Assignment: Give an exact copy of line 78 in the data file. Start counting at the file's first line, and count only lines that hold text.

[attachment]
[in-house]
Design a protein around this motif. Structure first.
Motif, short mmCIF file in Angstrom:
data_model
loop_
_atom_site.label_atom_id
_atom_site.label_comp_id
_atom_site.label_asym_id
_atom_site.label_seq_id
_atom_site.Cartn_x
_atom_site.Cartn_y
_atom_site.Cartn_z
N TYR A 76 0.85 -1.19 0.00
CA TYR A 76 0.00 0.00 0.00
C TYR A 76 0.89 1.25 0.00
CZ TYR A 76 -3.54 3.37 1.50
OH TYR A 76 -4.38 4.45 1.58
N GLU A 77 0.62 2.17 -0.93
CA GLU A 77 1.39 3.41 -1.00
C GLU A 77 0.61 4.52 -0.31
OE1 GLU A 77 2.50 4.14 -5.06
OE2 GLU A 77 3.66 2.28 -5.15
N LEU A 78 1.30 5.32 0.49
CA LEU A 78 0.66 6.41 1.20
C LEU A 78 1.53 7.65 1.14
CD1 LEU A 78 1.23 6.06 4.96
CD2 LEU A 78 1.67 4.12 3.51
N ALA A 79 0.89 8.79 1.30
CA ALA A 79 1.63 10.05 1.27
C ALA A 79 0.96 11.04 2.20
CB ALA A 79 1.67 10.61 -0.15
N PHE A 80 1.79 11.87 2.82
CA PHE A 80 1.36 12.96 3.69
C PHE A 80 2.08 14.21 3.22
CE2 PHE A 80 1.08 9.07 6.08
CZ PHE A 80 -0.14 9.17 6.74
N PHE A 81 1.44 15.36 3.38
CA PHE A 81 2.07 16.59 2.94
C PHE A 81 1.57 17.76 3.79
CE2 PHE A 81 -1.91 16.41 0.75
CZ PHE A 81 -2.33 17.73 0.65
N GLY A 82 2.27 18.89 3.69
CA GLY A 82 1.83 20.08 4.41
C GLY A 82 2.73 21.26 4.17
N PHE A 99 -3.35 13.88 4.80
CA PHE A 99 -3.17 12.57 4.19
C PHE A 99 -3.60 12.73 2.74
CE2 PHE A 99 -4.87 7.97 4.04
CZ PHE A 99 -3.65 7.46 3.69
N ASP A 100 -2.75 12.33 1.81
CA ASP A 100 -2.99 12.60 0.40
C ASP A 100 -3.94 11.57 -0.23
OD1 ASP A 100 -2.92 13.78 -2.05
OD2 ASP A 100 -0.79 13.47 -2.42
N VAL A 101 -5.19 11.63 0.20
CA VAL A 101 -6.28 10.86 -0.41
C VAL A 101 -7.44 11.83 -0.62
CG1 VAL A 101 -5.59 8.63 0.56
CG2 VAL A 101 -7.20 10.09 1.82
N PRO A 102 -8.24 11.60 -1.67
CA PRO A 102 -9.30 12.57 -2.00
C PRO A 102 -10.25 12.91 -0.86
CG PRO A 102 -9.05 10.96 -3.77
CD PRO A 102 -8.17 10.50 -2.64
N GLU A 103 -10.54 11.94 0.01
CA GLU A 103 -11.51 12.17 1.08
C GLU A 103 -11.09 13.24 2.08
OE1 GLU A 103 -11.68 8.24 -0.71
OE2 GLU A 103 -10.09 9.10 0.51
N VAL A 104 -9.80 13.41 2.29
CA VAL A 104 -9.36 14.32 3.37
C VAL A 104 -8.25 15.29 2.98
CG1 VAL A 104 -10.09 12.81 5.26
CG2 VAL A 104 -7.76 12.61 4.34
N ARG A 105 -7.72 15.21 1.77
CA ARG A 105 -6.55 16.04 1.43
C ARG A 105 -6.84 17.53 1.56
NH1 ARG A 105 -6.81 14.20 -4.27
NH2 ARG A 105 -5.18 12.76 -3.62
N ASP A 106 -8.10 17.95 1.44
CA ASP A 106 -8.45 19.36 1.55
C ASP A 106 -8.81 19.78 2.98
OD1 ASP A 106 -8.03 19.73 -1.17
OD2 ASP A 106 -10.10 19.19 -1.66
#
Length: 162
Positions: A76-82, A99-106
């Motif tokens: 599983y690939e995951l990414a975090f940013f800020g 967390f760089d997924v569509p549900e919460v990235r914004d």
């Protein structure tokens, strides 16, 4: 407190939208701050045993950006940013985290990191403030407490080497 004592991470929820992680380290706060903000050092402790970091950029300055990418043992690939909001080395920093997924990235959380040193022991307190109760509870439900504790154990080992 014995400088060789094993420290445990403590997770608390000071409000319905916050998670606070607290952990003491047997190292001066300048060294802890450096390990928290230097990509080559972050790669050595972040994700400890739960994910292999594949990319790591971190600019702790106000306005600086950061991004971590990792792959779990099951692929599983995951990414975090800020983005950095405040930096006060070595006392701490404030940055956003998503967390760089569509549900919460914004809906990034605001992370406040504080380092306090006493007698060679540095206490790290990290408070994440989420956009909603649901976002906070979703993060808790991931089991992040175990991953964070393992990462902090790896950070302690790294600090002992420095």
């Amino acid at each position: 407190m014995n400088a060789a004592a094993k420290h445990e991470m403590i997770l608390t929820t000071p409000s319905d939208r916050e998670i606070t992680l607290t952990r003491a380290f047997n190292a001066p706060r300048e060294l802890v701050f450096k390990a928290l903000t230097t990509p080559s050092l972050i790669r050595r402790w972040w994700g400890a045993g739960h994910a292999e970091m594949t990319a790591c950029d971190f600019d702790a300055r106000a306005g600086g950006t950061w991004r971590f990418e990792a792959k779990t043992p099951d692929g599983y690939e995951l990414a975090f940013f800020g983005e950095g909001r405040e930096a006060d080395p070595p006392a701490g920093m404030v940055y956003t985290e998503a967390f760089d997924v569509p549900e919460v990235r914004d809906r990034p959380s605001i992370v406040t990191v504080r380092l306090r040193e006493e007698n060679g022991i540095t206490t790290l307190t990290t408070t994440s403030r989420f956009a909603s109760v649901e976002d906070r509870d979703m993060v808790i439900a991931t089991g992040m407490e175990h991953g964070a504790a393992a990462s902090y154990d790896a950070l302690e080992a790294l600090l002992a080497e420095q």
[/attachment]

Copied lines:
NH1 ARG A 105 -6.81 14.20 -4.27